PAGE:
Parents and guardians of students heading to college are more involved than ever in choosing the right school, and that’s what their kids want.
By Robert Alexander, Dean of Undergraduate Admissions, Financial Aid and Enrollment Management for Arts, Sciences and Engineering, University of Rochester.
A recent survey of 2,300 parents by consultancy firm EAB found that three out of four parents want direct communications from colleges. Additionally, 48% of students named parents or guardians among their top five most trusted sources of information about choosing a college, an increase of 11% from 2020. These trends have continued to grow. increased over the past two decades, so it’s clearly not a fad.
Of course, parents and guardians want to be involved. The college admissions process focuses on parents’ two most important assets: their children and their money.
“University admission is not a prize to be won, but a match to be made.
But how can parents engage in meaningful ways while letting their child know they are in control of the biggest decision of their young life?
At the University of Rochester, we have recognized this trend of increasing parental engagement and have attempted to communicate directly with parents and families of prospective students. While the student must take the lead in researching college options, preparing their application materials, and certainly writing their own college application essay, parents can support and encourage their children throughout. of the university admissions process.
If you feel like you’re constantly bothering your child about college, set aside a time each week to talk about it so he doesn’t feel harassed for the rest of your time together.
Ask your child about their interests, both academic and outside of class, and plan visits to the college near you. Even if these schools aren’t the best choices, visiting nearby colleges of different sizes and types will provide a better idea of what questions to ask and what to look for when touring the schools at the top of their list. Parents can bring needed perspective by raising issues their children may not think about, such as:
- Campus Safety. Ask how the college or university keeps the campus safe, both in terms of safety and health protocols. Don’t just talk to staff, ask students. Every college in the country is required by law to publish safety statistics.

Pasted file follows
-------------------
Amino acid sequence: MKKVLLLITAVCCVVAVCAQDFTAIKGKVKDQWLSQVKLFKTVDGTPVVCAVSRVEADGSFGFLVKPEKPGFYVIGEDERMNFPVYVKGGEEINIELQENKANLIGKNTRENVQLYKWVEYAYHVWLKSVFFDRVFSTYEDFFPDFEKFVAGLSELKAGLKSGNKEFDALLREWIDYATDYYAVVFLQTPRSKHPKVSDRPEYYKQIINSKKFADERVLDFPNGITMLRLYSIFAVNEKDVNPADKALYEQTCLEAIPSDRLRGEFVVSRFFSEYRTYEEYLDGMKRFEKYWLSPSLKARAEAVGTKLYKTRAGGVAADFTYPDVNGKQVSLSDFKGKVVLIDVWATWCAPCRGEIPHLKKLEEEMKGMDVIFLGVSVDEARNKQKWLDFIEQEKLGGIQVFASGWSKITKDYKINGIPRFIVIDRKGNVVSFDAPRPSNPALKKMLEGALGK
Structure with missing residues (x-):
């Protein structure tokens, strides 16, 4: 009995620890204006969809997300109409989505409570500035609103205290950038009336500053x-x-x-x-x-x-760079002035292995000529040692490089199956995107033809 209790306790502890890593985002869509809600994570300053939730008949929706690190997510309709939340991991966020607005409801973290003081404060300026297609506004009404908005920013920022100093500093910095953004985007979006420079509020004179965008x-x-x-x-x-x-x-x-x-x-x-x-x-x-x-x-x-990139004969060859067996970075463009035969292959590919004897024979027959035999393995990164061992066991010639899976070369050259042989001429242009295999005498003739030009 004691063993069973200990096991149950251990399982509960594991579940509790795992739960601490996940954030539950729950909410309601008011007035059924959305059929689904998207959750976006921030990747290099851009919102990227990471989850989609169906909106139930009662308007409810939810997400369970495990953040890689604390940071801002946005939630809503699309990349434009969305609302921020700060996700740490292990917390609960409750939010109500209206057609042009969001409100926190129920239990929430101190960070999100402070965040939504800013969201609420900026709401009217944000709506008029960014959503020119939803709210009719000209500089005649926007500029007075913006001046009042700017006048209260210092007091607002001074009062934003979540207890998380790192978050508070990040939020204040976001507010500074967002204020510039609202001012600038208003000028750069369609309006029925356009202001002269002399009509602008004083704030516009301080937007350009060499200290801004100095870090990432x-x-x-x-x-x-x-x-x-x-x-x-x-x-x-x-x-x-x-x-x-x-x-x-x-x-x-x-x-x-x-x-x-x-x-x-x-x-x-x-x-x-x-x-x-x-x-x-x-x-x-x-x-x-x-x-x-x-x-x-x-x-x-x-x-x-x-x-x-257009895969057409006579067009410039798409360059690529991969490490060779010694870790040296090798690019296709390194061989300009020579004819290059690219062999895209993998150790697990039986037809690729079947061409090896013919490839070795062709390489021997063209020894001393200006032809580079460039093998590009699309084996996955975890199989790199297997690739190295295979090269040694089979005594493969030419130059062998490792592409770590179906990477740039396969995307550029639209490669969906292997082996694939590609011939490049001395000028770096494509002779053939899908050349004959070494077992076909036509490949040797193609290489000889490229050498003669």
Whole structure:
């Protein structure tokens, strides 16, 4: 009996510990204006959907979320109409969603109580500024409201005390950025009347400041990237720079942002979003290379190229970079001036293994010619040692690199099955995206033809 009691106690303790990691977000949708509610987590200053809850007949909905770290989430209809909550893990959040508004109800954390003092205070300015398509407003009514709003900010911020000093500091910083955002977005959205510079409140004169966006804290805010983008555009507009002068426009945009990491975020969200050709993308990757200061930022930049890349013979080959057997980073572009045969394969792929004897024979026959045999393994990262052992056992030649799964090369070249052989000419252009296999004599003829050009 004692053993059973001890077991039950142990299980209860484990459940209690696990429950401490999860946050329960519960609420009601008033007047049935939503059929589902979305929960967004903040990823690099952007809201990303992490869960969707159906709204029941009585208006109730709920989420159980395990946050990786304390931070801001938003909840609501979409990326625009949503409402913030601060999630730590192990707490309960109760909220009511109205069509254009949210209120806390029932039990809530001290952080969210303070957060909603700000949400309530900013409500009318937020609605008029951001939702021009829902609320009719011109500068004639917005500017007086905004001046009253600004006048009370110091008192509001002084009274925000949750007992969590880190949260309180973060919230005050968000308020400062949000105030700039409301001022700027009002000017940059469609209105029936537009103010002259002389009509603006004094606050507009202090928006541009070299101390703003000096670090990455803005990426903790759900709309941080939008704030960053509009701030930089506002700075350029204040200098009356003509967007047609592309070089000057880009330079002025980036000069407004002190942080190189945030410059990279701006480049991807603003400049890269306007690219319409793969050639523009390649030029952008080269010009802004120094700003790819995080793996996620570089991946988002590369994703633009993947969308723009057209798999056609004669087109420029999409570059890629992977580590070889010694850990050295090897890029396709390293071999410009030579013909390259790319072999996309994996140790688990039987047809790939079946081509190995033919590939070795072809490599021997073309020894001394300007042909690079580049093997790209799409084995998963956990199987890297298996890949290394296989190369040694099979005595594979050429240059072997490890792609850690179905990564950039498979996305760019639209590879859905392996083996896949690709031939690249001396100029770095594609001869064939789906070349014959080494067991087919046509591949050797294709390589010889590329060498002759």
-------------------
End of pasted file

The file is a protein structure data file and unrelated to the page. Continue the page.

- Allow the university. Perhaps the most anxiety-provoking and confusing part is determining the cost of a particular college, as there can be a discrepancy between the listed price and the net cost after financial aid. Colleges are required to have net price calculators on their websites. The more specific information you enter (about family income, assets, number of kids in college, and your student’s academic performance), the more accurate the estimate you’ll receive. Once your student is in high school, help them file the FAFSA to apply for federal and state financial aid, and follow other school-specific instructions for applying for all possible aid. FAFSA forms must be submitted at the time students apply to college.
- Results. Beyond a world-class faculty, an array of academic programs and modern facilities, ask how one college hones the skills of its students to prepare them for life and career after graduation. diploma. Learn about career center resources. You can even request data on outcomes such as graduate and vocational admission rates and earnings ten years after graduation. Find social networks of alumni and parents of current students online, such as Rochester’s Meliora Collective, which can be a great resource for questions and answers.
When it’s time to start filling out applications as part of the college admissions process, ask your child to think about what makes them an interesting person. Remember that colleges are not looking for a single perfect archetypal student, but rather a diverse array of interesting students in different ways. Helping your student see themselves from your perspective can give a clearer picture of the story they want to tell in their essay or short answers, in how they determine which teachers to ask to write letters. of recommendation and in the subjects he raises during an admissions interview. .
It’s also important to keep how you communicate in perspective. What might appear to be a reasonable suggestion on your part could be construed as an attempt to resume the process. Here are some do’s and don’ts to keep in mind.
- Keep an open mind and gather solid information from credible sources. Trusted sources will never charge you for advice. They typically include websites that end in .edu or .gov, high school counselors, and nonprofit entities whose websites end in .org, such as the College Board and the National Association for College Admissions Counseling (NACAC).
- Focus on your student’s growth and developmentnot about opportunities to fill pages on a resume with activities you think colleges want to see.
- Don’t worry about a magic number of schools to watch or apply for. Everyone is different.
- Don’t add pressure or anxiety to get into “good schools”. This is an exciting time of discovery and self-realization in your child’s life.
- Remember that the “best fit” school for a particular student will offer the right combination academic programs, student life, and experiential opportunities, such as community engagement, research, and study abroad.
The University of Rochester Admissions Office has created an online guide for parents and students called Your Path to College, designed to be a roadmap to success. It provides a clear guide to pursue studies in a selective college or university.
Remember that college admission is not a prize to be won, but a match to be made. Ultimately, where students go will be less important than what they do to get the most out of their college experience.
Category: Voice & Opinion